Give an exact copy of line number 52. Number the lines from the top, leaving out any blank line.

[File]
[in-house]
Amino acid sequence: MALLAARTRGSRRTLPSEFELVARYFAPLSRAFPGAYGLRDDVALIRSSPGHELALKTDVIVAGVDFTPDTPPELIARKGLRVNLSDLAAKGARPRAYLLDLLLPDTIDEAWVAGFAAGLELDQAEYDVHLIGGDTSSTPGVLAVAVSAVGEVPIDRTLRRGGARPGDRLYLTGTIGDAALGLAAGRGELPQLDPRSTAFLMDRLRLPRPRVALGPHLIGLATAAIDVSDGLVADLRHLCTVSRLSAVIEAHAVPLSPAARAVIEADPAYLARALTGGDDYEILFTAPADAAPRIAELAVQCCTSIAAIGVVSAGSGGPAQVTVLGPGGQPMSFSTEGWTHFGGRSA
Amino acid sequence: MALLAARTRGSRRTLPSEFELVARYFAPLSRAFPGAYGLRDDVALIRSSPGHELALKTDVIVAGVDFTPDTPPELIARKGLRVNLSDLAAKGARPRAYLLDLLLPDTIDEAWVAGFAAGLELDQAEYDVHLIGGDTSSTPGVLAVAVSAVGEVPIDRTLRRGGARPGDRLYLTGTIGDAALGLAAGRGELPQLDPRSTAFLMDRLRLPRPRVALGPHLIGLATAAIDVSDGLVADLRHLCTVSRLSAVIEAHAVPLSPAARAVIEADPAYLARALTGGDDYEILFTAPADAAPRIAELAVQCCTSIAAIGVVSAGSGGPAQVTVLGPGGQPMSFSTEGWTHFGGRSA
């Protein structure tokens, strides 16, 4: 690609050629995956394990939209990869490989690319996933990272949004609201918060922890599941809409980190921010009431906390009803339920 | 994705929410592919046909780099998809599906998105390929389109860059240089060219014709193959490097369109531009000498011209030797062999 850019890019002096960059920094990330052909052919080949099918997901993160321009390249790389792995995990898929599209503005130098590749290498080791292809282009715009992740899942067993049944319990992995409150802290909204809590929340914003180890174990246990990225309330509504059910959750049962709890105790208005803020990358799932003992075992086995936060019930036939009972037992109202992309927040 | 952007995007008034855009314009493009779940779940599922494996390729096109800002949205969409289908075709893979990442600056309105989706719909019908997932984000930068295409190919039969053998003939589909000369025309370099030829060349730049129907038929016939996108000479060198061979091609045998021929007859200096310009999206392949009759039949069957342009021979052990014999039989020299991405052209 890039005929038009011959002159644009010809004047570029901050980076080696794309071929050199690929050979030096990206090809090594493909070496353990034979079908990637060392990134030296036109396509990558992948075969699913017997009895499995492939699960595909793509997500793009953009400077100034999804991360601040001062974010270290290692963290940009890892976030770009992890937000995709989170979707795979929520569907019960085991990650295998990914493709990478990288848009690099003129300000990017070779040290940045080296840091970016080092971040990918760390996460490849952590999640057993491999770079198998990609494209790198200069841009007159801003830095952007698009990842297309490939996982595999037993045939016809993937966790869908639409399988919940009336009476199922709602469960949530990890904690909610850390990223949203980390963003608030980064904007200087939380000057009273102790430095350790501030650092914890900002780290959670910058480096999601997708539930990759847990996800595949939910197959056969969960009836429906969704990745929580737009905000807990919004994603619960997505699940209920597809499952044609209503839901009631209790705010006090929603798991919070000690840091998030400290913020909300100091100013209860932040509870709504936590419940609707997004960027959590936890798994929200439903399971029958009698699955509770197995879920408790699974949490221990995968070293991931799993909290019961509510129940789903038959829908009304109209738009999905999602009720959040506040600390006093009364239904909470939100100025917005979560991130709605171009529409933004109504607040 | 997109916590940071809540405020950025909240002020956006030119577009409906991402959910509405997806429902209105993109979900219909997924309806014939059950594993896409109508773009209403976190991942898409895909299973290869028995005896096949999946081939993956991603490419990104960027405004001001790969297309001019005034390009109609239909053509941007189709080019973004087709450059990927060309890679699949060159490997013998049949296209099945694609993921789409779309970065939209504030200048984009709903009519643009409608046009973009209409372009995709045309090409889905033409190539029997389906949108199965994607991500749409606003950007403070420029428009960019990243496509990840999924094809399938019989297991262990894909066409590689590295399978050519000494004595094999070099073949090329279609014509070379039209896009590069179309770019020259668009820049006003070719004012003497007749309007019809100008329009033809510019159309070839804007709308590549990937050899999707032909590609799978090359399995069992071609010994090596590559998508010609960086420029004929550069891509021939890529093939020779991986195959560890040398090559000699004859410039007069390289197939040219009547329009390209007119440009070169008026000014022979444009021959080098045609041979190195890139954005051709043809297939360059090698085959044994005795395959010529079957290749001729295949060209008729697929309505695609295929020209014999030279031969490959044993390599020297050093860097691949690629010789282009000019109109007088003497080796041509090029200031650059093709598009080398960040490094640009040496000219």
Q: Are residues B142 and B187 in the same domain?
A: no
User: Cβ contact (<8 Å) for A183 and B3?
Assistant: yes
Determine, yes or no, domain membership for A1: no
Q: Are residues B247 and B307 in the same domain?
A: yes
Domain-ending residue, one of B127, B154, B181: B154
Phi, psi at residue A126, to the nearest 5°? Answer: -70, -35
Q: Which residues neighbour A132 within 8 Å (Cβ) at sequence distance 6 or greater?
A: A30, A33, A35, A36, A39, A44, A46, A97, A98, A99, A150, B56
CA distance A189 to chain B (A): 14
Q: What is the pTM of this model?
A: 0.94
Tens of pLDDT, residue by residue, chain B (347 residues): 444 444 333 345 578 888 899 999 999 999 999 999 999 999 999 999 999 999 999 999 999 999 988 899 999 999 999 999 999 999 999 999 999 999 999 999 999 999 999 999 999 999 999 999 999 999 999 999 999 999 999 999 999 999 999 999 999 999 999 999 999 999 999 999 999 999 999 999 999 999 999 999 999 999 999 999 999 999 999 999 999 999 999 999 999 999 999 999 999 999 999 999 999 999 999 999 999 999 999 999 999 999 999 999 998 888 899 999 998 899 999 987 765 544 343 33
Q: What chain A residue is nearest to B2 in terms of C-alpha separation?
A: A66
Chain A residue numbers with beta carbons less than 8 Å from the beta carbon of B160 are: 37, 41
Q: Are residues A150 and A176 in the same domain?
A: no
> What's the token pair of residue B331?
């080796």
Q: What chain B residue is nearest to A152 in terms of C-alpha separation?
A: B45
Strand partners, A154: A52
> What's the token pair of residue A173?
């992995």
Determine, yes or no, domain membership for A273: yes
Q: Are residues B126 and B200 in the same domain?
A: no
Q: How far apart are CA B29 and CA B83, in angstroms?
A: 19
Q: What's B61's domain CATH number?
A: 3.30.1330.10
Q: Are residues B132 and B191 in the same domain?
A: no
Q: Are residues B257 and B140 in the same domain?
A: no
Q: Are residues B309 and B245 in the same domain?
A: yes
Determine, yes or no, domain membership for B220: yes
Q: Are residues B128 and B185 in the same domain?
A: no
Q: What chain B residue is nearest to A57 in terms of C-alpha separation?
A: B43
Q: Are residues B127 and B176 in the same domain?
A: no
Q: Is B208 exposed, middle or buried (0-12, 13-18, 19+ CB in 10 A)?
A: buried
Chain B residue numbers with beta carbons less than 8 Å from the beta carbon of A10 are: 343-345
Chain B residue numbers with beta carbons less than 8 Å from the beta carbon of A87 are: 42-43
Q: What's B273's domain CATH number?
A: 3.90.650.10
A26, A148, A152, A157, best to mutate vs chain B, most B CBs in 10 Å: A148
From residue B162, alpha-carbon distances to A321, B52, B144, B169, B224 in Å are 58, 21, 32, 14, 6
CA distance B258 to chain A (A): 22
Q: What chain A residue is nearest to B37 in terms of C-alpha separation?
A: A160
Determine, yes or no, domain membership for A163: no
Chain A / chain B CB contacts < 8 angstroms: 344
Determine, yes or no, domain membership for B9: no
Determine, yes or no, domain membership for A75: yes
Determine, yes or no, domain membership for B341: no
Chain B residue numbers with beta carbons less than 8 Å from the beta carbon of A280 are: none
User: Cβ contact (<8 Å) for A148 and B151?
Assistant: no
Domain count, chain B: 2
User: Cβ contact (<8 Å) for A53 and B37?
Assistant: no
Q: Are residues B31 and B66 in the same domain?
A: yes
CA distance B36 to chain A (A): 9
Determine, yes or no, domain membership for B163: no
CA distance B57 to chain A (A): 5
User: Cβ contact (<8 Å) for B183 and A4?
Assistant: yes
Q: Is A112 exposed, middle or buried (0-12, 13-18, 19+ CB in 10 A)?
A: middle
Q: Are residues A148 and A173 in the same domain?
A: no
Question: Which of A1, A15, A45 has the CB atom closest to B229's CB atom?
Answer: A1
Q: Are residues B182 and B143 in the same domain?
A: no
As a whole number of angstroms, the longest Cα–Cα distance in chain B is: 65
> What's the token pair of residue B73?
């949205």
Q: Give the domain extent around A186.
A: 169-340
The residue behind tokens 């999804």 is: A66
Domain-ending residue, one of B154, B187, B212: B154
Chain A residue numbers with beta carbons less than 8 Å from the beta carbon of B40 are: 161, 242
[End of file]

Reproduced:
Q: Is B208 exposed, middle or buried (0-12, 13-18, 19+ CB in 10 A)?